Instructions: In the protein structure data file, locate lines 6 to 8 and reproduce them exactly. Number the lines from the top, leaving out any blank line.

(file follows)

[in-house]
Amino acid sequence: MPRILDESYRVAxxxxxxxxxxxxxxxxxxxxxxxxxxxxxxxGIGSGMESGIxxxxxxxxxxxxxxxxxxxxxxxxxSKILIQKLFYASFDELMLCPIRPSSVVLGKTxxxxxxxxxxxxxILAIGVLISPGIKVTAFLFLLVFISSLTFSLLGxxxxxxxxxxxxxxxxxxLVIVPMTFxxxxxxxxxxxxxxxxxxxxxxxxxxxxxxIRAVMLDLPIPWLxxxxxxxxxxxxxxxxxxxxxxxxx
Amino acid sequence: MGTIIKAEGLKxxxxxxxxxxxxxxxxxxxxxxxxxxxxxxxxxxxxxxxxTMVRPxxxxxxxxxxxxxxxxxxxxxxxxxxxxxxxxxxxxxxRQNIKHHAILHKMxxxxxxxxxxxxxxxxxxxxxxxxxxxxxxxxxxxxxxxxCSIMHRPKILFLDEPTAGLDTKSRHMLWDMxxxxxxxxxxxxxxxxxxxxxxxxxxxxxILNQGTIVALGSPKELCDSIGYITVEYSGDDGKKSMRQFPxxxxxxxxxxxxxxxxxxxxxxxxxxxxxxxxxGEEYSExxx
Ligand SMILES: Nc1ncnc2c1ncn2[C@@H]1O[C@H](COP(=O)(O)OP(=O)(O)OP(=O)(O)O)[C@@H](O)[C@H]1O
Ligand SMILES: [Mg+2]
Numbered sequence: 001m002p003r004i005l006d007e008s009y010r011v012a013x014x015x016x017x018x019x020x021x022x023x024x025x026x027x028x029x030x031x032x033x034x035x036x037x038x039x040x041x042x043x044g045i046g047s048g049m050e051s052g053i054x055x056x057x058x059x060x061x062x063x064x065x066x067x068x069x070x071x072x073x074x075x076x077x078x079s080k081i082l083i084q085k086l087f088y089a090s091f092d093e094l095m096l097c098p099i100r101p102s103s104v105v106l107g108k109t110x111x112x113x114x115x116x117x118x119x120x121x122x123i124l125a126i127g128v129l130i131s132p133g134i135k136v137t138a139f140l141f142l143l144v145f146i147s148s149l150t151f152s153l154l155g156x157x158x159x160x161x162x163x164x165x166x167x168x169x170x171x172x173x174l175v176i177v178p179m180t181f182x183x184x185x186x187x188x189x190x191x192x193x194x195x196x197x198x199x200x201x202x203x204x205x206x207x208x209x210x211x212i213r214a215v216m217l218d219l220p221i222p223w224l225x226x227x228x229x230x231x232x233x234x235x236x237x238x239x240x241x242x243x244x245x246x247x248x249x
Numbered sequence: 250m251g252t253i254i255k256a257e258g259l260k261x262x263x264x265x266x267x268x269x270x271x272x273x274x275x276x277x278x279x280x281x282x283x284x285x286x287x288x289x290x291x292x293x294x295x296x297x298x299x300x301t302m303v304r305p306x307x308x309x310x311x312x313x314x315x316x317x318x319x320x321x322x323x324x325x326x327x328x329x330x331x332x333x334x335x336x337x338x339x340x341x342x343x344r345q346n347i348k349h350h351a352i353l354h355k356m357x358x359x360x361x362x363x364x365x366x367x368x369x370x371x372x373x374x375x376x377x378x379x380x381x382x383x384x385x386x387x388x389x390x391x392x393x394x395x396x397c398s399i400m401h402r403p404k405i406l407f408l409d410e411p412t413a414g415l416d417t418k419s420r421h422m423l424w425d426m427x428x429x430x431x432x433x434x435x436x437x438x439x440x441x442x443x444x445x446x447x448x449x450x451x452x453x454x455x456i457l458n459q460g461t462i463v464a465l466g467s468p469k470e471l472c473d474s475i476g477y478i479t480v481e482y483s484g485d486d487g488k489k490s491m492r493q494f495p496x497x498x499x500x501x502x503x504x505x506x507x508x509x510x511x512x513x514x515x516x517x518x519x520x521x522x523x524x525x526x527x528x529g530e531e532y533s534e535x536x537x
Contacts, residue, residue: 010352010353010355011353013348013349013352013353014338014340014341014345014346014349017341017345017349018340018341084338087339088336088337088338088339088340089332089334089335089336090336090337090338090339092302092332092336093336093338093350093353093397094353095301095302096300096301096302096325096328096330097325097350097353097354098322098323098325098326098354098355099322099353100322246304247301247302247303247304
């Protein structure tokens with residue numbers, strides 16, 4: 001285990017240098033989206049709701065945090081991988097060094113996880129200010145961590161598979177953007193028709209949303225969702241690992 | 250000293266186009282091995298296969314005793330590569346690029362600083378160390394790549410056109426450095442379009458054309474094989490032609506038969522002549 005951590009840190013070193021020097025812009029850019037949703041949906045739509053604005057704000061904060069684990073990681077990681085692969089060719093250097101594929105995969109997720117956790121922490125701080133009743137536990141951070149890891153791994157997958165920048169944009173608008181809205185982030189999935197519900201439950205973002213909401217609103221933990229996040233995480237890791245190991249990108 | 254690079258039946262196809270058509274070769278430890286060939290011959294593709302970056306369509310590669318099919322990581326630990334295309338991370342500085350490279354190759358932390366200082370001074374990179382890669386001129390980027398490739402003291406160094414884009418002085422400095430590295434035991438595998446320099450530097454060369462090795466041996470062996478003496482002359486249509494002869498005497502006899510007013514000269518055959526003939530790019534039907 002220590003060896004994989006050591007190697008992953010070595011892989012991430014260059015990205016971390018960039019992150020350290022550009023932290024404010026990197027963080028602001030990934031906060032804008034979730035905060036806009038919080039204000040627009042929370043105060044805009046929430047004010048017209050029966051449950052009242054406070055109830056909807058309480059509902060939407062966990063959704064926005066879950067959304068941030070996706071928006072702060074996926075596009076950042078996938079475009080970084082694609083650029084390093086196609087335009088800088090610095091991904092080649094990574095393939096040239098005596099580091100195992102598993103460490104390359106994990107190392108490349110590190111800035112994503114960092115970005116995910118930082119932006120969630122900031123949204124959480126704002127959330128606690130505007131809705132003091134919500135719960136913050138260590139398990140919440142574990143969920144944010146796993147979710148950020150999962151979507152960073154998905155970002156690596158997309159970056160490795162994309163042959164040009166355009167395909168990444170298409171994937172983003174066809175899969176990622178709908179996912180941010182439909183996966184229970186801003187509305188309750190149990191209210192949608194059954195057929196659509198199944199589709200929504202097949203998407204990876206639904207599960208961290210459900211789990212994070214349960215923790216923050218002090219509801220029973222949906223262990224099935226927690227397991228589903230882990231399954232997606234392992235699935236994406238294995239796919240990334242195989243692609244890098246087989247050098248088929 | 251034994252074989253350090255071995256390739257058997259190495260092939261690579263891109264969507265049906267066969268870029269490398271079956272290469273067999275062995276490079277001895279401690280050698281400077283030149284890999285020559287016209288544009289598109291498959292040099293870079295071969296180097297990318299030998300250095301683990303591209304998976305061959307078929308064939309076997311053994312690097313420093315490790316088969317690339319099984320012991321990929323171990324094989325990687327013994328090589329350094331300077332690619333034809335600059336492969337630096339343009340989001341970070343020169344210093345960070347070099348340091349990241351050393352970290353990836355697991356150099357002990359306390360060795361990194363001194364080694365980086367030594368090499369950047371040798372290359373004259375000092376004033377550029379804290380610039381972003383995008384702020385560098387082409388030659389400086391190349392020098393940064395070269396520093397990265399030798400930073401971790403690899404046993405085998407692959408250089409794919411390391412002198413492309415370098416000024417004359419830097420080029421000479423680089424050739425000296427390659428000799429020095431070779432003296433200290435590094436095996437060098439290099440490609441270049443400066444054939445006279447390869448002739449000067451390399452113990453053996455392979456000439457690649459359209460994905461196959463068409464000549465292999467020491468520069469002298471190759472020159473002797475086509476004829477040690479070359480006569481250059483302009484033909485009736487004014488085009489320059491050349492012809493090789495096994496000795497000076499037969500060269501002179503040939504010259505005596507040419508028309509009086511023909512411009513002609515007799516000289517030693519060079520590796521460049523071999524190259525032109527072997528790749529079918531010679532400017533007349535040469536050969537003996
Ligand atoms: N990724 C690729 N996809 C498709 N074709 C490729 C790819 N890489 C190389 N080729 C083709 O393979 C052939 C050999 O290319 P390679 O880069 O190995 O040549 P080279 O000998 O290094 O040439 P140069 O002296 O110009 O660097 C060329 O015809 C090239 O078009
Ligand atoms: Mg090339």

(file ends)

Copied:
Numbered sequence: 001m002p003r004i005l006d007e008s009y010r011v012a013x014x015x016x017x018x019x020x021x022x023x024x025x026x027x028x029x030x031x032x033x034x035x036x037x038x039x040x041x042x043x044g045i046g047s048g049m050e051s052g053i054x055x056x057x058x059x060x061x062x063x064x065x066x067x068x069x070x071x072x073x074x075x076x077x078x079s080k081i082l083i084q085k086l087f088y089a090s091f092d093e094l095m096l097c098p099i100r101p102s103s104v105v106l107g108k109t110x111x112x113x114x115x116x117x118x119x120x121x122x123i124l125a126i127g128v129l130i131s132p133g134i135k136v137t138a139f140l141f142l143l144v145f146i147s148s149l150t151f152s153l154l155g156x157x158x159x160x161x162x163x164x165x166x167x168x169x170x171x172x173x174l175v176i177v178p179m180t181f182x183x184x185x186x187x188x189x190x191x192x193x194x195x196x197x198x199x200x201x202x203x204x205x206x207x208x209x210x211x212i213r214a215v216m217l218d219l220p221i222p223w224l225x226x227x228x229x230x231x232x233x234x235x236x237x238x239x240x241x242x243x244x245x246x247x248x249x
Numbered sequence: 250m251g252t253i254i255k256a257e258g259l260k261x262x263x264x265x266x267x268x269x270x271x272x273x274x275x276x277x278x279x280x281x282x283x284x285x286x287x288x289x290x291x292x293x294x295x296x297x298x299x300x301t302m303v304r305p306x307x308x309x310x311x312x313x314x315x316x317x318x319x320x321x322x323x324x325x326x327x328x329x330x331x332x333x334x335x336x337x338x339x340x341x342x343x344r345q346n347i348k349h350h351a352i353l354h355k356m357x358x359x360x361x362x363x364x365x366x367x368x369x370x371x372x373x374x375x376x377x378x379x380x381x382x383x384x385x386x387x388x389x390x391x392x393x394x395x396x397c398s399i400m401h402r403p404k405i406l407f408l409d410e411p412t413a414g415l416d417t418k419s420r421h422m423l424w425d426m427x428x429x430x431x432x433x434x435x436x437x438x439x440x441x442x443x444x445x446x447x448x449x450x451x452x453x454x455x456i457l458n459q460g461t462i463v464a465l466g467s468p469k470e471l472c473d474s475i476g477y478i479t480v481e482y483s484g485d486d487g488k489k490s491m492r493q494f495p496x497x498x499x500x501x502x503x504x505x506x507x508x509x510x511x512x513x514x515x516x517x518x519x520x521x522x523x524x525x526x527x528x529g530e531e532y533s534e535x536x537x
Contacts, residue, residue: 010352010353010355011353013348013349013352013353014338014340014341014345014346014349017341017345017349018340018341084338087339088336088337088338088339088340089332089334089335089336090336090337090338090339092302092332092336093336093338093350093353093397094353095301095302096300096301096302096325096328096330097325097350097353097354098322098323098325098326098354098355099322099353100322246304247301247302247303247304